"I have probably one of the best jobs in the world. The reaction from the guests is incredible," Ford said.
In both sessions, the bird flies off and then returns to a glove worn by the guests.
"We aim to get a falcon on a guest's hand within five minutes," she said.
For most people, it's the first time they've had such close contact with any bird, let alone a hawk.
"They discover they aren't as scary as they thought," Ford said.
She has been a falcon fanatic every since she first locked eyes with one aged 8 when a new neighbor moved in next door. She looked over the wall into a hawk's eyes and was hooked. And through falconry, Ford has also found love. At the age of 14, she met another keen falconer, now her husband, who helps her run the school at Gleneagles.
They have never had any accidents with the hotel guests and the birds. "They're not vicious creatures. They love being in the company of humans," she said, but did offer one word of warning: if you turn up in a fur coat you'll be asked to take it off.
"You don't want to look like a very large rabbit" when around falcons, Ford said. They might just get the wrong idea.
Other amazing hotel jobs include:
Sleep Concierge: The Benjamin Hotel in New York takes its guests' sleep very seriously. In fact, they guarantee a good night's sleep or your money back.
To this end, they have hired a sleep concierge. Anya Orlanska contacts guests prior to their stay, e-mailing them the hotel's pillow menu. Once they arrive, she is on hand, always ready to give sleep advice to guests.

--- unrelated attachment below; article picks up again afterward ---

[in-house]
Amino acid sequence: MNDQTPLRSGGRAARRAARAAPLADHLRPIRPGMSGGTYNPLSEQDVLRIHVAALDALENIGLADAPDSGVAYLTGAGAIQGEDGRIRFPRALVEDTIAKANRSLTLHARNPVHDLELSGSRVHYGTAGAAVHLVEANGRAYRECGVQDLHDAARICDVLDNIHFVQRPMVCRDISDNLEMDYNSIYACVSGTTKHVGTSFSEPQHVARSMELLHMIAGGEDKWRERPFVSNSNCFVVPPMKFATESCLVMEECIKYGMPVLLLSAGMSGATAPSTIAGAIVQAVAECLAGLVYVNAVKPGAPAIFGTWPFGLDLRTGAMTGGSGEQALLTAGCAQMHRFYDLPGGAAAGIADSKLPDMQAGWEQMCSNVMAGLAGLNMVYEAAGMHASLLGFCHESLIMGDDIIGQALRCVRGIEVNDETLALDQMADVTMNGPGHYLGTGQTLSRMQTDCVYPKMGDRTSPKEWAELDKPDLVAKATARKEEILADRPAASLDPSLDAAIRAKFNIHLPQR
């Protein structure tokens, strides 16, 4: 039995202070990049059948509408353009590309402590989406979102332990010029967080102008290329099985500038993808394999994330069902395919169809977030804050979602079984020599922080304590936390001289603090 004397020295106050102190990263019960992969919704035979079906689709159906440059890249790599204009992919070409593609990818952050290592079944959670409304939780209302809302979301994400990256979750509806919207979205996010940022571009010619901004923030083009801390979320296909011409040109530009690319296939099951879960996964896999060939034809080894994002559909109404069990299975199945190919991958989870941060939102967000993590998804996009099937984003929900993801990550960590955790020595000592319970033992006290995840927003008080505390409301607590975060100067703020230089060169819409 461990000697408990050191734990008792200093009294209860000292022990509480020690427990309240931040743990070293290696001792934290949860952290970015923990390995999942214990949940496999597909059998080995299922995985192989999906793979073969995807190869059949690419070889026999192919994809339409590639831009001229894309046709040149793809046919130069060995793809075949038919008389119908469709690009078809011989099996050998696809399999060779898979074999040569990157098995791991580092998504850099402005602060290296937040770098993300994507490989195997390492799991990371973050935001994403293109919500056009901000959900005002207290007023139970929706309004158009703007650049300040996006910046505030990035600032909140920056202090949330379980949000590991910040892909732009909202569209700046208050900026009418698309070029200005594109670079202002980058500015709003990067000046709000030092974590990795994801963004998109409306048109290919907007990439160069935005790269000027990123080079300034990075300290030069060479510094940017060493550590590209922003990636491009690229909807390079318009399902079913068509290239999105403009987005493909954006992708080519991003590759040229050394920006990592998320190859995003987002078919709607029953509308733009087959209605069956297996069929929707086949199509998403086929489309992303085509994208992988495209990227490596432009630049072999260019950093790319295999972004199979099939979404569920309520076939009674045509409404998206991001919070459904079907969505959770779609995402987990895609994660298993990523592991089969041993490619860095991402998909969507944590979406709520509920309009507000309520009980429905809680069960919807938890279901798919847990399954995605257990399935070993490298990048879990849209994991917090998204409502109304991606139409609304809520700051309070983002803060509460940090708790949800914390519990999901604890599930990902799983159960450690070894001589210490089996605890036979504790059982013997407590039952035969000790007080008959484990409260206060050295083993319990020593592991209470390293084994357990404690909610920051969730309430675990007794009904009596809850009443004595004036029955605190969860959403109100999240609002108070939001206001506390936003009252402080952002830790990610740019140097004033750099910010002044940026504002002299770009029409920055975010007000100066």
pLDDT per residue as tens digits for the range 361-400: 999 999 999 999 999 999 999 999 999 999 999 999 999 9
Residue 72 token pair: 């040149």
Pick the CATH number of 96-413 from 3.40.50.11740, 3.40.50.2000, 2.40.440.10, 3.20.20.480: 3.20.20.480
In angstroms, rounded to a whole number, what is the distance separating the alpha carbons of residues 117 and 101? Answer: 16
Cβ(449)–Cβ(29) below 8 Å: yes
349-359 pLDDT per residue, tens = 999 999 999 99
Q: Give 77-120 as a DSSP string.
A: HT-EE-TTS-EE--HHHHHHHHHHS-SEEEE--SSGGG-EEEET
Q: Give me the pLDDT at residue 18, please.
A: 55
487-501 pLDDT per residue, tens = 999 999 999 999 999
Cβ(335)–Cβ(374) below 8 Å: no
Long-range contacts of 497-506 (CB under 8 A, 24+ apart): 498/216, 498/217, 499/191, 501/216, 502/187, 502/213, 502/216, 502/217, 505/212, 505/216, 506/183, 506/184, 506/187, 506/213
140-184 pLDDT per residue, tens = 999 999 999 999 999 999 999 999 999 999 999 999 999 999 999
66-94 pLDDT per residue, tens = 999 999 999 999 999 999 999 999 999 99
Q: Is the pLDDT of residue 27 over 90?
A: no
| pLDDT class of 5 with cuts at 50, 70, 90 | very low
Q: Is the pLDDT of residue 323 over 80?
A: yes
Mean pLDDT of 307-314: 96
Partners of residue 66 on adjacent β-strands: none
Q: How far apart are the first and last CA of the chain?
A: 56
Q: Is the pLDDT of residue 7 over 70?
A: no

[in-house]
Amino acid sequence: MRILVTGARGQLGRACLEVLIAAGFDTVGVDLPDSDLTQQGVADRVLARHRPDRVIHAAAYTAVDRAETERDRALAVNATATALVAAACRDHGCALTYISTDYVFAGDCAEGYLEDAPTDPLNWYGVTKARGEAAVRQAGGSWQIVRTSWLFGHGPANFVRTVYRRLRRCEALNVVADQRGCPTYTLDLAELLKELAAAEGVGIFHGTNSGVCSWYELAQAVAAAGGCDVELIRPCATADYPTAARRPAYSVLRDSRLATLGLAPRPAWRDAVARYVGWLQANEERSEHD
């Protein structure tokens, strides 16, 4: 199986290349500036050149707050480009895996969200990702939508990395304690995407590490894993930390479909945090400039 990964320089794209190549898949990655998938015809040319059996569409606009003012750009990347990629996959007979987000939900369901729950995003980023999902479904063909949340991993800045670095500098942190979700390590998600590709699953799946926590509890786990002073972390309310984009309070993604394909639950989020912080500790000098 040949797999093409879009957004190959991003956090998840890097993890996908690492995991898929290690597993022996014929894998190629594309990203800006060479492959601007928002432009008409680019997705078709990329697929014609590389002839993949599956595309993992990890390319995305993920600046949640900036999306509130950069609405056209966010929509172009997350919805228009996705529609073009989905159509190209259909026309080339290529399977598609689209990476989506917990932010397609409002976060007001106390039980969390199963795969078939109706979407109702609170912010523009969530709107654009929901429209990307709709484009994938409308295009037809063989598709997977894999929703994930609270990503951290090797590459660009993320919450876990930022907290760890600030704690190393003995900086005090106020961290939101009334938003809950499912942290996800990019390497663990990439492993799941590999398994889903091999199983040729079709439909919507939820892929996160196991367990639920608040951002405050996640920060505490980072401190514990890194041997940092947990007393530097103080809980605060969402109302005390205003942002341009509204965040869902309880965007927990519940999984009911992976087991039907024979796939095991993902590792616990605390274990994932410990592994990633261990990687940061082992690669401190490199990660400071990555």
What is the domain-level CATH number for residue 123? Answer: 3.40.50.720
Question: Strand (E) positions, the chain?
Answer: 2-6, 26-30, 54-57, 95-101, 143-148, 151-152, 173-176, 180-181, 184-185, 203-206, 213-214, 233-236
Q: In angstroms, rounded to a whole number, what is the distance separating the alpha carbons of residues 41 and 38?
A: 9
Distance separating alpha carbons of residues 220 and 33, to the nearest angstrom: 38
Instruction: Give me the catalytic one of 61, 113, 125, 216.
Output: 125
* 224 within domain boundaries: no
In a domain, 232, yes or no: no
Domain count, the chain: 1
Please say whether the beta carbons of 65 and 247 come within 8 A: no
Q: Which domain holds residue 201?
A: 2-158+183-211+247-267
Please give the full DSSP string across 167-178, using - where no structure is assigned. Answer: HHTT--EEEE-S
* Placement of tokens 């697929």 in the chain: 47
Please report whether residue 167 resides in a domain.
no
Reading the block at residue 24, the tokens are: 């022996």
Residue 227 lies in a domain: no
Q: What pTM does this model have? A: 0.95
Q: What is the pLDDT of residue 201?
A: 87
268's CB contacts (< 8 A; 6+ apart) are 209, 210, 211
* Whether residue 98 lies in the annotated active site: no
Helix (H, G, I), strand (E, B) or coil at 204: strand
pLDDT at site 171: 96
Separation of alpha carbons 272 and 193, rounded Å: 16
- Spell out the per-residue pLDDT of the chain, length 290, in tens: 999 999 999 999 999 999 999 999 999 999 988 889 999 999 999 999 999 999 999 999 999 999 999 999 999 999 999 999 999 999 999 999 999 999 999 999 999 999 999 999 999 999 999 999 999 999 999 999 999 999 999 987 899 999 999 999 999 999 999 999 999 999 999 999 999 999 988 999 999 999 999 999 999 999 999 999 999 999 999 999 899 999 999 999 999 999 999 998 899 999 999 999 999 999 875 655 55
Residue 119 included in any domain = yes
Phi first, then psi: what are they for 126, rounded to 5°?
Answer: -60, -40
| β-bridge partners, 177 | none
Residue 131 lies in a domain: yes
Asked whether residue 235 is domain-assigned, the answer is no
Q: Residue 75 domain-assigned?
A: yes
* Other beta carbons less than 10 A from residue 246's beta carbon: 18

They offer a selection of 12 different kinds of pillows, including the Snore-No-More, Lullaby, and Gelly Neck Roll. "The Swedish Memory [foam] is the most popular," Orlanska said. "It's a space-age design by NASA. It even keeps you cool in the summer and warm in the winter."
She'll also talk guests through how best to prepare for a good night's sleep.
"We advise them not to eat a heavy meal before bed. No BlackBerry or computer in the bedroom," she said. "We encourage guests to keep the bedroom for sleeping."
Orlanska's secret weapon? A peanut butter and jelly sandwich made with banana bread which, she claims, spurs the production of sleep-inducing melatonin. The role is clearly a rewarding one for Orlanksa, although it was not one she sought out, having originally interviewed for a regular concierge job.
"I like my job very much," she said, adding that she enjoys helping people sleep. "You feel useful."
Coin Washer: The Westin St. Francis in San Francisco has employed a coin washer since the mid-1930s, when women always wore white gloves and hats to come downtown. The story goes that a hotel general manager noticed that the ladies attending the weekly fashion shows in the Mural Room were soiling their white gloves on the change they were using to pay for lunch.
So to keep gloves clean, the hotel started washing all its coins. For the last 10 years, Rob Holson, who today also runs the hotel's business center, has been washing the coins.
"It's a side job, basically," he said.
Each week he washes about $700 to $800 in coins in an old manually operated machine once used to polish the hotel's silverware.